Government plan for troubled banks involves a temporary take-over by Uncle Sam.
FORTUNE — The next Lehman Brothers may not happen over the course of a weekend. It could take a couple of months. The question is if that would be an improvement.
On Thursday, Martin Gruenberg, who is the acting chairman of the Federal Deposit Insurance Corp., speaking at a conference put on by the Federal Reserve Bank of Chicago, laid out for the first time publicly the government’s plan to deal with the next Lehman Brothers-like failure. Under the Dodd-Frank bank reform law, the FDIC has the responsibility of wind-downing large banks that regulators think are headed for bankruptcy.
He said the FDIC’s plan is for the government to take over the parent company of a troubled large bank, rather than let it fail immediately. The FDIC would then fire the bank’s executives and its board, and run its subsidiaries, like its branches or its stock trading operations, until the FDIC was able to find a buyer for the failed bank. In the process, Gruenberg says, the FDIC would wipe out the value of the bank’s stock. Some of the bank’s bonds would be converted into stock in the new bank. Other bond holders would take some losses. And the government would provide the financing to let the company continue to run.
The whole process could take a couple of months, Gruenberg said. But he said it would be a better route for the market in general than what happened after Lehman. “The goal of the resolution strategy is to come up with something that could be used and maintain financial stability,” says Gruenberg. Gruenberg says his agency has been in constant contact with the big banks and generally the reaction has been positive to the plan. “Their general response is that our plan make sense.”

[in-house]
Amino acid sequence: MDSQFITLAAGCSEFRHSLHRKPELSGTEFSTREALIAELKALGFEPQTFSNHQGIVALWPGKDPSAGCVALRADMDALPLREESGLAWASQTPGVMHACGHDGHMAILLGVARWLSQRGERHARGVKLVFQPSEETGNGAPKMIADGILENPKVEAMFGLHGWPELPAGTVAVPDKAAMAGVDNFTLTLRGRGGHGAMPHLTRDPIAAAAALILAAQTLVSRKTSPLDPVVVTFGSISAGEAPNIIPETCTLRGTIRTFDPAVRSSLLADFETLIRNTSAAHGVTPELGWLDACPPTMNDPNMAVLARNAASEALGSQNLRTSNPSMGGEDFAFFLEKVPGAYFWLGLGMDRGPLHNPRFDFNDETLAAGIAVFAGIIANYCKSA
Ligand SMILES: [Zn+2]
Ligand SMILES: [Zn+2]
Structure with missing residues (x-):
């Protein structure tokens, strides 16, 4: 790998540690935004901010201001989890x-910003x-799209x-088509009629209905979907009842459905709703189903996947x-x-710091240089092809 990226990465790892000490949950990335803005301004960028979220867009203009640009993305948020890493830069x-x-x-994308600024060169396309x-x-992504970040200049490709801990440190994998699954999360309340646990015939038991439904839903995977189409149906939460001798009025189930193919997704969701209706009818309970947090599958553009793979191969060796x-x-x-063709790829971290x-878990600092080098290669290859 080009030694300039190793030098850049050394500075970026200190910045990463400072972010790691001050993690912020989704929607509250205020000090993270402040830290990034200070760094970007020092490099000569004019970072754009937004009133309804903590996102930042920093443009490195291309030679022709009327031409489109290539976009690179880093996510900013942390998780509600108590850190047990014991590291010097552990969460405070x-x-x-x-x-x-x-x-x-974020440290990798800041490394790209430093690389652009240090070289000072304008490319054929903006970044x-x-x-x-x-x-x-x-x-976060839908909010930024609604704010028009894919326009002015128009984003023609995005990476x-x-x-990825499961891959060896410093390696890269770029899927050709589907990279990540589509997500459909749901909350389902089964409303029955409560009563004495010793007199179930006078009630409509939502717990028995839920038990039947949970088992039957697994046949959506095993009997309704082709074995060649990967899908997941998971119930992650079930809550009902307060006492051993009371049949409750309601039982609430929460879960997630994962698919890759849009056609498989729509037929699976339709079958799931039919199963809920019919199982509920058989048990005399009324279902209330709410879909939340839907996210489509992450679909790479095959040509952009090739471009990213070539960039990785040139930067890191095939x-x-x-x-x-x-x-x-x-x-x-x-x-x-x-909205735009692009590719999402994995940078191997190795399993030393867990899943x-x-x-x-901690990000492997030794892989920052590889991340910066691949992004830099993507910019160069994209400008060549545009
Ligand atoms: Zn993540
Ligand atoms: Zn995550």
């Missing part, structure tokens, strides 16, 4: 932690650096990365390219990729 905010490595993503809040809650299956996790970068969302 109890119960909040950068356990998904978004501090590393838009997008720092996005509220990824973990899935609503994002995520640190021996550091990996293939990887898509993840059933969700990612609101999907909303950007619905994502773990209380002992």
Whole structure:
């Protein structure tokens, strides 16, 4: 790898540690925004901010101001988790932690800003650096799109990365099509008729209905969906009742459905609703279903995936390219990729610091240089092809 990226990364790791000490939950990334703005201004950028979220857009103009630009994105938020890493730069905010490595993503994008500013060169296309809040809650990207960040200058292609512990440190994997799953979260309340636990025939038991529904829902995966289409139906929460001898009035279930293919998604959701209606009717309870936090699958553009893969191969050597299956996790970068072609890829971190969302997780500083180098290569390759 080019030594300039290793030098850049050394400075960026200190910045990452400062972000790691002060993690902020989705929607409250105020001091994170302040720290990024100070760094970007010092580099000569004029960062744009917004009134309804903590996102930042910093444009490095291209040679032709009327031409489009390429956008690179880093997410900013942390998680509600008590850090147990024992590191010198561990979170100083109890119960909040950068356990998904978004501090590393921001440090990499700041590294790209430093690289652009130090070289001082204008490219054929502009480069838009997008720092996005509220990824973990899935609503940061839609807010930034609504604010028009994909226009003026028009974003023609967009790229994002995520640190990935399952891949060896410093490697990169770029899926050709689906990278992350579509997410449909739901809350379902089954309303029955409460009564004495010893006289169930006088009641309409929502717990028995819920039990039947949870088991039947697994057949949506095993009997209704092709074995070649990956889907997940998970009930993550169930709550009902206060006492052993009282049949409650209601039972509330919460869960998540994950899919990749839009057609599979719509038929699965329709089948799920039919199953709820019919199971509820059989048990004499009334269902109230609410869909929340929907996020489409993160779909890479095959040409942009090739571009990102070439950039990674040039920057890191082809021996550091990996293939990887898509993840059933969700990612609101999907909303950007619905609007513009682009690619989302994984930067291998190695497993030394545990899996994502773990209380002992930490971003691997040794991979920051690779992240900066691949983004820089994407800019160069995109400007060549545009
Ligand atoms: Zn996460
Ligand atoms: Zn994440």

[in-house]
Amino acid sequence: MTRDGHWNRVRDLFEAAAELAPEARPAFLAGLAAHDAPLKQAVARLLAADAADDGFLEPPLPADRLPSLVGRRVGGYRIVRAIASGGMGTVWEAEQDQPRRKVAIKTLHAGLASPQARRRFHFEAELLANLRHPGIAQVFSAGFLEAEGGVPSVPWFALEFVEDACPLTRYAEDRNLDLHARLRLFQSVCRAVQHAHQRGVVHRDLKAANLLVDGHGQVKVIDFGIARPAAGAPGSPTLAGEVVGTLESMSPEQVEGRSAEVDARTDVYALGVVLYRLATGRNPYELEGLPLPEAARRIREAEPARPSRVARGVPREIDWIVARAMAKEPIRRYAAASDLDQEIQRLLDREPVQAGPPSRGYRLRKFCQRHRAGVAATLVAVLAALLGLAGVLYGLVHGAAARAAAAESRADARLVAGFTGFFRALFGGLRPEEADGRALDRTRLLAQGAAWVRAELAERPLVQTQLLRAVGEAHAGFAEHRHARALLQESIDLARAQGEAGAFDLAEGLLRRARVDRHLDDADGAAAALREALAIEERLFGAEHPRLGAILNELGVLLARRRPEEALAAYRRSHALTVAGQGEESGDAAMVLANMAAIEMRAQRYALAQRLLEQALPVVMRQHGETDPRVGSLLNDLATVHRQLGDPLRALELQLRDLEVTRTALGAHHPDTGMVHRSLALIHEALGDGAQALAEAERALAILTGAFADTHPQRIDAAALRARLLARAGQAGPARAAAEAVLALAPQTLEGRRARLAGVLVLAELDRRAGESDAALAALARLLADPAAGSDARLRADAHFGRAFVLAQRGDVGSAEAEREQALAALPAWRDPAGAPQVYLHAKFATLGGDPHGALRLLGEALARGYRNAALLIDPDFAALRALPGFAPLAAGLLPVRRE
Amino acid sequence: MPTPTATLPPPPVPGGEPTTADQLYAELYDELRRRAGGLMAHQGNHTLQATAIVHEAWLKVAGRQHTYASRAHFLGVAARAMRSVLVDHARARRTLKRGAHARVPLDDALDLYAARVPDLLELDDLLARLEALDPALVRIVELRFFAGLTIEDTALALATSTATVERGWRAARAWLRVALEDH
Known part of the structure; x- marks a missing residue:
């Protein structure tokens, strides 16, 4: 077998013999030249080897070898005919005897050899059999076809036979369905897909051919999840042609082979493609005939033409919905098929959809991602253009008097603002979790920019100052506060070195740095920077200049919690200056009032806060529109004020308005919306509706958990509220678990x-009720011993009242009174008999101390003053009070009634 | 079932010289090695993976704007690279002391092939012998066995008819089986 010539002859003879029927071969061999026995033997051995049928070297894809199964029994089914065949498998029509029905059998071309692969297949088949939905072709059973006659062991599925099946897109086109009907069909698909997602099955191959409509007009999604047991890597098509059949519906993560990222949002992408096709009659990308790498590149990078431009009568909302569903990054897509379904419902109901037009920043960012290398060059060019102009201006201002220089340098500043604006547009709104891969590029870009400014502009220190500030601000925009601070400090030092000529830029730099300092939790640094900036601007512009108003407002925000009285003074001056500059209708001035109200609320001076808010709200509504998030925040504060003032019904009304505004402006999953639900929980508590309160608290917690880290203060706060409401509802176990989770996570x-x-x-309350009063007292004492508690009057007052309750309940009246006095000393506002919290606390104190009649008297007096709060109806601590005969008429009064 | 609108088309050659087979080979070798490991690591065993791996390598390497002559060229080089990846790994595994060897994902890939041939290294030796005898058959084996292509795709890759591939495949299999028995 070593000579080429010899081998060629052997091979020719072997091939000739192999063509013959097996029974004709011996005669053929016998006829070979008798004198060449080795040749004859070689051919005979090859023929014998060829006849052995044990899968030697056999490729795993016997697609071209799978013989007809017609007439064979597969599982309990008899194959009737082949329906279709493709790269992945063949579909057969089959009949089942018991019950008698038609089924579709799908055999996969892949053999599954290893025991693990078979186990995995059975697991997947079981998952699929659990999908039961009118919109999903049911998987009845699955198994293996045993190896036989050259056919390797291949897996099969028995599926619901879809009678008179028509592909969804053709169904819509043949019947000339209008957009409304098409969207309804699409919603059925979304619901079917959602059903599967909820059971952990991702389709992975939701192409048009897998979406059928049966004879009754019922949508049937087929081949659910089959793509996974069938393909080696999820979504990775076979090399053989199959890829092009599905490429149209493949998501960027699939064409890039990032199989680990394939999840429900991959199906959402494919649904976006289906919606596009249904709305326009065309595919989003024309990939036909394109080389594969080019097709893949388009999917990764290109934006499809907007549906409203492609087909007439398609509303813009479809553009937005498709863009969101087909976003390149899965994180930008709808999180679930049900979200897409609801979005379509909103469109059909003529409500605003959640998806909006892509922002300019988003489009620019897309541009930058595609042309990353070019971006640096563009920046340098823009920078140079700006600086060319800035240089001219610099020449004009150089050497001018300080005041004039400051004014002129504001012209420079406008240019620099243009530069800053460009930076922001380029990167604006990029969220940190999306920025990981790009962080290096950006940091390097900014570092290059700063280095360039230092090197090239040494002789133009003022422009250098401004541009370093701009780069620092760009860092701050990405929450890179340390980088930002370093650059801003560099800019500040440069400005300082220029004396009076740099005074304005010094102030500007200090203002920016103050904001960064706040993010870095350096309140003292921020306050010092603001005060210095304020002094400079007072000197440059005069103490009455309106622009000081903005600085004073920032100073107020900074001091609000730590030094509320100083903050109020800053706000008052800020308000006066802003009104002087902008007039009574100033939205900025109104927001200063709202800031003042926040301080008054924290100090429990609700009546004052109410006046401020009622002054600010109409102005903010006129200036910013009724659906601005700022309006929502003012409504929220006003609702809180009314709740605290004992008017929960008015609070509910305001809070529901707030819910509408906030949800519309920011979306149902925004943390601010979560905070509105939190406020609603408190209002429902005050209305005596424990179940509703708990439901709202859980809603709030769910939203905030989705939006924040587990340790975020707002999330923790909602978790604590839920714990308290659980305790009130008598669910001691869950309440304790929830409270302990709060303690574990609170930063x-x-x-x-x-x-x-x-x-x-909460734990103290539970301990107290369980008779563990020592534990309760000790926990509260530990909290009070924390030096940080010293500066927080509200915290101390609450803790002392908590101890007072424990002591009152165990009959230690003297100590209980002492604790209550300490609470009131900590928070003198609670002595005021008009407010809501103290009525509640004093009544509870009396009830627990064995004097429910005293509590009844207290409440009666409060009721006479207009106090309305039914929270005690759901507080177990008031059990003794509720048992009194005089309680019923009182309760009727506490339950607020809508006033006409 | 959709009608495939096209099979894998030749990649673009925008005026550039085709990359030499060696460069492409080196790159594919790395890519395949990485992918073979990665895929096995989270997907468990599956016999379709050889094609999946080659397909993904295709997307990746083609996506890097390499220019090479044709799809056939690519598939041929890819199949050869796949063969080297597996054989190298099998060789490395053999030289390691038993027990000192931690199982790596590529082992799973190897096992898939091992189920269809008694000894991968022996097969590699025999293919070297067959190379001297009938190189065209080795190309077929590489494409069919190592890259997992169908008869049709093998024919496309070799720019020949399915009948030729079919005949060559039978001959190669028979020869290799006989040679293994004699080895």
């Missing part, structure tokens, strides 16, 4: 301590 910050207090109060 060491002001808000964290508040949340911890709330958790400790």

At the conference on Thursday, some questioned whether the plan would work. Richard Bove, a bank analyst at Rochdale Securities, said he thought the plan would make bank stocks more risky. Mark Flannery, an economist at the University of Florida, said banks were savvy enough to figure out how to shift all their assets so that the government wouldn’t be able to get a hold of them.
Others in the past have questioned if the FDIC would be able to force bond holders of a failed bank to take losses. If the holders of those bonds are other banks, then that could cause other banks to fail as well. Anat Admati, an economist at Stanford University, who is on the advisory panel that helped the FDIC come up with resolution plan, says the government still has to iron out its process for deciding when the FDIC would take over a bank. “One can do a great job of preparing a plan,” says Admati. “The question is whether it would really get triggered.”
One participant asked Gruenberg if the FDIC would consider testing its resolution authority on Fannie Mae and Freddie Mac. Gruenberg responded that the FDIC had no authority over the large mortgage guarantee companies that were taken over by the government in late 2008.
Republicans in the House of Representatives have recently begun an initiative to repeal the part of the Dodd-Frank law that gives the FDIC resolution authority. Gruenberg seemed optimistic that those efforts wouldn’t succeed. “There’s fairly broad bi-partisan agreement that too big to fail is not a good thing,” says Gruenberg. “Without this, you create an expectation of public support that creates an uneven playing field.”